Some big questions came out of a conference ‘Celebrating Volunteering’ today. Inevitably, the ‘Big Society’ lurked around – and Alison Elliot speculated that perhaps just as the Church declined as an institution when the Welfare State grew, so the reverse might become true now. I think it is probably going to be as much about partnership as ‘either (State) or (Church)’.
Then there was the usefulness of volunteering: it can be used as a step-up to a job, or to gain skills, as much as to serve the community. Does motivation matter? If there is a good outcome – the homeless housed, the parent encouraged, the lonely befriended – does it make any difference why someone helped them?
And then, how do you ‘let go’ a project? Sometimes, it is taken over and changed, or become no longer necessary, and the small Church group that started it has done its work. But that relinquishing can be hard, and it is always tempting to measure success as growing bigger and more ‘successful’.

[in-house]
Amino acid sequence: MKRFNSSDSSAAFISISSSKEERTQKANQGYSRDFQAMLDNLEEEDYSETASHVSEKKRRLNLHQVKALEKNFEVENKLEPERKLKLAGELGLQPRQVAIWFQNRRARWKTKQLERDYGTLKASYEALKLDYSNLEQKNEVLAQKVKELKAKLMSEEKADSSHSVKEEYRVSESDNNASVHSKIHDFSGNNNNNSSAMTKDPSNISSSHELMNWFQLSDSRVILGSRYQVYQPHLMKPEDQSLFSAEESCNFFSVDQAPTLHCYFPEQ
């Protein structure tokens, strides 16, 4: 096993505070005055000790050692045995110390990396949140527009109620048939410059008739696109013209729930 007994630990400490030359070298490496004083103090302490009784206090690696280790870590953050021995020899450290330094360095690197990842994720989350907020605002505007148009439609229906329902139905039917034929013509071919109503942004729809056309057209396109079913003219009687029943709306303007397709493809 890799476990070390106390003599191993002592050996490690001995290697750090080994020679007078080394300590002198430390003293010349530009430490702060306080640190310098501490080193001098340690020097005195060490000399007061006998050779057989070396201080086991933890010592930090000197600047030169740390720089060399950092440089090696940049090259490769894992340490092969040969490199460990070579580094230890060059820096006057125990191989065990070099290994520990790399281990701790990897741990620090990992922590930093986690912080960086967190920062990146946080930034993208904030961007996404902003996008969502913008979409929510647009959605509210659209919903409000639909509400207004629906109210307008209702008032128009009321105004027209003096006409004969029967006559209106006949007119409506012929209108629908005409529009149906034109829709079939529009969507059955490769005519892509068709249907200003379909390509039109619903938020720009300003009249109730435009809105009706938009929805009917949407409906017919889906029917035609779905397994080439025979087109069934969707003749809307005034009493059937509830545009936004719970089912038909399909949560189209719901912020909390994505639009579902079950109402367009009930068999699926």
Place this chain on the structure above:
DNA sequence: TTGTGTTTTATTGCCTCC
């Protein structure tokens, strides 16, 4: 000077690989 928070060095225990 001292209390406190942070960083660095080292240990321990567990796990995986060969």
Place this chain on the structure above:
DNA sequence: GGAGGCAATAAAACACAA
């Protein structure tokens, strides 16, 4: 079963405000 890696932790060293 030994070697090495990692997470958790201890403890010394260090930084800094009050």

One last thing that had not occurred to me: in the Victorian period, the Church’s charitable work was a great nurturer of civic skills – governance in committees, accountability and so on. Involvement in StartUp Stirling has certainly taught me an enormous amount.